Personal Politics of Ageism

Article – from the political to the personal

Negative views of ageing and older people need to be challenged.  One of the most influential pieces of research that we have come across recently is by Becca Levy (click here to find out more) who demonstrated the pernicious effect of negative stereotypes.  She found that people with negative attitudes towards their own ageing died, on average, 7.5 years earlier than those with more positive attitudes.  Guy has taken this finding and tried to draw the connections between this piece of psychological research and the more political (“with a small ‘p’”) issues relating to media treatment of ageing and common attitudes towards older people in society. It was published in the professional journal “Working with Older People”.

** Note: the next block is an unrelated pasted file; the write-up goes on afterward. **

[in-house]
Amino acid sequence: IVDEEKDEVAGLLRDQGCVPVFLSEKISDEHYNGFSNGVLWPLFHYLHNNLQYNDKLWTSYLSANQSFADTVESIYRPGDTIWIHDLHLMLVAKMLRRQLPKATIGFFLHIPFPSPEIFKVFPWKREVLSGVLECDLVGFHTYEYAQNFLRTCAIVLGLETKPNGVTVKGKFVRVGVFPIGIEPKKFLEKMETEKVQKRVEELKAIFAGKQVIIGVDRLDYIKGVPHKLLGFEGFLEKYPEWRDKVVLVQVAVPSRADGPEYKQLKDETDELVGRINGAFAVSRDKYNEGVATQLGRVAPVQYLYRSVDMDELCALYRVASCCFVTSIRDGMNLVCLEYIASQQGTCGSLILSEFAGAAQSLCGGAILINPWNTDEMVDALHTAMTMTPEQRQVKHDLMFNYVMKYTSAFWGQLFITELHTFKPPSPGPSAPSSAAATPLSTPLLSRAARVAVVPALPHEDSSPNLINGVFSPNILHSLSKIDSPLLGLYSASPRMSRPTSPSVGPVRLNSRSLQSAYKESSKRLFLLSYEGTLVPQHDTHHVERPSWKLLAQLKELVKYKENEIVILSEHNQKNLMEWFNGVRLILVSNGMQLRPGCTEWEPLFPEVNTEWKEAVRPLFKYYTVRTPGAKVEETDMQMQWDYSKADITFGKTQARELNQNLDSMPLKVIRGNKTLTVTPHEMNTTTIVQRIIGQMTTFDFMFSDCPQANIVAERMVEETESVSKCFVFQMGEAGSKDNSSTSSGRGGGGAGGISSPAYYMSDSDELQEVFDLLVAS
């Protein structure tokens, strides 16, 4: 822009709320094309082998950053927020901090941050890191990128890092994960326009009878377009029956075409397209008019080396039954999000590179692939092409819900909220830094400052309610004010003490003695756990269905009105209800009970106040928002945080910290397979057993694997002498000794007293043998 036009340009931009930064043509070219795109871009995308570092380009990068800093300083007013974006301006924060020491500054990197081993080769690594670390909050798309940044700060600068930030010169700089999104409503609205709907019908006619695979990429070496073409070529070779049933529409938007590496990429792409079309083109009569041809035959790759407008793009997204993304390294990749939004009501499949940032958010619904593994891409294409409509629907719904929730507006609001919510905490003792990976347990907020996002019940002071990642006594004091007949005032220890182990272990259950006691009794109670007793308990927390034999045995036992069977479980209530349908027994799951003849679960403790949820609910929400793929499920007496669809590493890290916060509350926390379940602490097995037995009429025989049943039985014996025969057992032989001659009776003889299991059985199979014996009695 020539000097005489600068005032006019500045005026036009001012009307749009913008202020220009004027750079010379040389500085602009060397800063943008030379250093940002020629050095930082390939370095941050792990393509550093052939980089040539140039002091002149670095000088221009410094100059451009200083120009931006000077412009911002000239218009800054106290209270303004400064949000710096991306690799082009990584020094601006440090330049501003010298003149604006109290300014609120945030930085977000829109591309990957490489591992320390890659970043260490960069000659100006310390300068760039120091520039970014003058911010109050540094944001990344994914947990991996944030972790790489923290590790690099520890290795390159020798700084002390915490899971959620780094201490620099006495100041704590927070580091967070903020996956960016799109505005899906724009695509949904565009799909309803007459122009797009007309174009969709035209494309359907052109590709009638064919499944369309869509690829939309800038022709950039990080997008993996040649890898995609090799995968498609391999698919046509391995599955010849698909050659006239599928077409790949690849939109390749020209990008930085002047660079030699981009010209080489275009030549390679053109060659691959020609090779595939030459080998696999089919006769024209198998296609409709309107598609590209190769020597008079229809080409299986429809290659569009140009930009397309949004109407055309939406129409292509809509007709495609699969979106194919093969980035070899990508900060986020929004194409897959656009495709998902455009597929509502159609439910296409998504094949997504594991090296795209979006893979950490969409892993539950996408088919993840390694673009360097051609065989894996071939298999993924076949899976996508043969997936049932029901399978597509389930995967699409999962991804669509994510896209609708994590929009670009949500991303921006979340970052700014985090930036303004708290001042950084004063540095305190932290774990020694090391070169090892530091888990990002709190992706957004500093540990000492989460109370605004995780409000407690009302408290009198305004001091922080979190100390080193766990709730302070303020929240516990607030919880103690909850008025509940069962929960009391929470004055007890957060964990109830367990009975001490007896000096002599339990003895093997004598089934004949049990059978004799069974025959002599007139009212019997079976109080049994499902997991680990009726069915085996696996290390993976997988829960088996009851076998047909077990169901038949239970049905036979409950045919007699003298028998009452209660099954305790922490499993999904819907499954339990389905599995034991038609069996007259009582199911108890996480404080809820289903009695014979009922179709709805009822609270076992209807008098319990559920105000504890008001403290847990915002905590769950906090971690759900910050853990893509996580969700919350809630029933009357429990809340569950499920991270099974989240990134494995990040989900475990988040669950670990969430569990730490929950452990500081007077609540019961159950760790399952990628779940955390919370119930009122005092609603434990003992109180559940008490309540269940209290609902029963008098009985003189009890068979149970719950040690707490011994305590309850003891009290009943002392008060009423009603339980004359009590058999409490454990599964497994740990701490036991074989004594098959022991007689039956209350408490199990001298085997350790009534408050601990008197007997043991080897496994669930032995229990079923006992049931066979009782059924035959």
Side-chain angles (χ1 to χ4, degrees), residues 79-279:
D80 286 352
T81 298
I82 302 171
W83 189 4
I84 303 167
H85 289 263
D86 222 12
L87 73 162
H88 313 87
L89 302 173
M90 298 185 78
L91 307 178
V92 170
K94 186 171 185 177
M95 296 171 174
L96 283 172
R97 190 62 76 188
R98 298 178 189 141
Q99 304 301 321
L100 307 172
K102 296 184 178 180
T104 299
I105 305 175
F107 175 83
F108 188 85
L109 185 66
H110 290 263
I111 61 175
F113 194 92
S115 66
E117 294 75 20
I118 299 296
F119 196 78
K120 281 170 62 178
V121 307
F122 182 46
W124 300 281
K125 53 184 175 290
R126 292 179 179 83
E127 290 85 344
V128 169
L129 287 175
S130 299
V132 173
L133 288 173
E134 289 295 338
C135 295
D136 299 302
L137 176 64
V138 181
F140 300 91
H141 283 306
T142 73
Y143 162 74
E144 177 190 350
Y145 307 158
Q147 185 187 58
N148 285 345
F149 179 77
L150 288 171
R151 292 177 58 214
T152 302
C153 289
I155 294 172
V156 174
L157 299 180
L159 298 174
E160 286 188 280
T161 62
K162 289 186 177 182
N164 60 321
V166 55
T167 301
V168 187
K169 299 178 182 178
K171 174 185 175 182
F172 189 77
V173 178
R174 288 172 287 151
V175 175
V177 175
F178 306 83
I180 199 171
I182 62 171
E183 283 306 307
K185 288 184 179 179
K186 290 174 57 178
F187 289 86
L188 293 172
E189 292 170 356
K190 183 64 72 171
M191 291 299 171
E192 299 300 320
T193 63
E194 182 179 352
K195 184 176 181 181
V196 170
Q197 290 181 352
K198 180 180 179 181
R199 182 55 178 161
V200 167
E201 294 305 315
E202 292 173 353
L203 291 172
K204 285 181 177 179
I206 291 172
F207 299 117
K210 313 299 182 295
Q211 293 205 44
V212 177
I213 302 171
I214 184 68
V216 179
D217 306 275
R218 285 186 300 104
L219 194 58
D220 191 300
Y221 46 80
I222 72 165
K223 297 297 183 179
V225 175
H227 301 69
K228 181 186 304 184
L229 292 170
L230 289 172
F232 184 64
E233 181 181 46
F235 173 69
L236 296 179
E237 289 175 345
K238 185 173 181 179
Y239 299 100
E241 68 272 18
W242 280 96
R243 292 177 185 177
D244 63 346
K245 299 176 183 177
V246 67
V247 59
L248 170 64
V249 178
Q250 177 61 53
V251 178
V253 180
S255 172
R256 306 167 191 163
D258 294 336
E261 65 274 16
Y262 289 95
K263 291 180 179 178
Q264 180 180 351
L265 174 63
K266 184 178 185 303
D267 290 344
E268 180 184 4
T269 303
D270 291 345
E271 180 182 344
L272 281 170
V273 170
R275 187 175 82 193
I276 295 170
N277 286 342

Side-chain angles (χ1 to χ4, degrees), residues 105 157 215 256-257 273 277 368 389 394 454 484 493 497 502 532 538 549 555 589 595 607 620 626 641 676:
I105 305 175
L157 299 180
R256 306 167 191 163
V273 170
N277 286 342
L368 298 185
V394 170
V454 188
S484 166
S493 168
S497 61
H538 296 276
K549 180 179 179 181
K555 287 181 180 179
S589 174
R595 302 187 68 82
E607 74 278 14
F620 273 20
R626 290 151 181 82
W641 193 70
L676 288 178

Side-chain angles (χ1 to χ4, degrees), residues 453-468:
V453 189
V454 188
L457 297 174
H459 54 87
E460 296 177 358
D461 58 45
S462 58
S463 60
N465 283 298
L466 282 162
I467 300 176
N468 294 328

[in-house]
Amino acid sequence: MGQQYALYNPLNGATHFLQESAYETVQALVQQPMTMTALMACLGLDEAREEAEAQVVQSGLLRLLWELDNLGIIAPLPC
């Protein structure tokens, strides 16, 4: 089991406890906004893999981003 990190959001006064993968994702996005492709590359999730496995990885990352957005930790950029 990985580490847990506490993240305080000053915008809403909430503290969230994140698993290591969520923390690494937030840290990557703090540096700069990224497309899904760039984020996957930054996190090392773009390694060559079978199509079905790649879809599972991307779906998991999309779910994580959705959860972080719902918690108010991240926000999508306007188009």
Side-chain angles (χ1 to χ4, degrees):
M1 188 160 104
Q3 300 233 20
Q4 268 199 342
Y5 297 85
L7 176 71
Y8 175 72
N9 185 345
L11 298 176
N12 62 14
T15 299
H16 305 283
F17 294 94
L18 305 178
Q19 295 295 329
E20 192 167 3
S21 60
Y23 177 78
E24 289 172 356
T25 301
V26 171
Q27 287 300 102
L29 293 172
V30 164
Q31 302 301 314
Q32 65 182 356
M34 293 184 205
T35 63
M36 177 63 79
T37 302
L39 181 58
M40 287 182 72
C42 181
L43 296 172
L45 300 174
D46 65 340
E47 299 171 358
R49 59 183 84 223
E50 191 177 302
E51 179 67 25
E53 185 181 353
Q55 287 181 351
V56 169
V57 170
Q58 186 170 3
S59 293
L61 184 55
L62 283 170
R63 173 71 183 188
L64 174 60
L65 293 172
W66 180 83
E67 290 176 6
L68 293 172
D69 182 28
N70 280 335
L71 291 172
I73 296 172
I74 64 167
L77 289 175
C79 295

The solid research referred to Guy’s article provides a compelling case for older people to engage in the work of cultivating a positive awareness of ageing. The tools are there for those who want to use them.  Courses such as Positive Ageing represent a new and positive paradigm for later life, providing the sort of pro-active approach which has not been in evidence until now.  We need to continue to challenge and tackle ageism at a societal level, but we also need to pay more attention to its impact on individuals.  Bemoaning the impact is not that helpful – doing ‘the work of growing old’ is a much better way forward.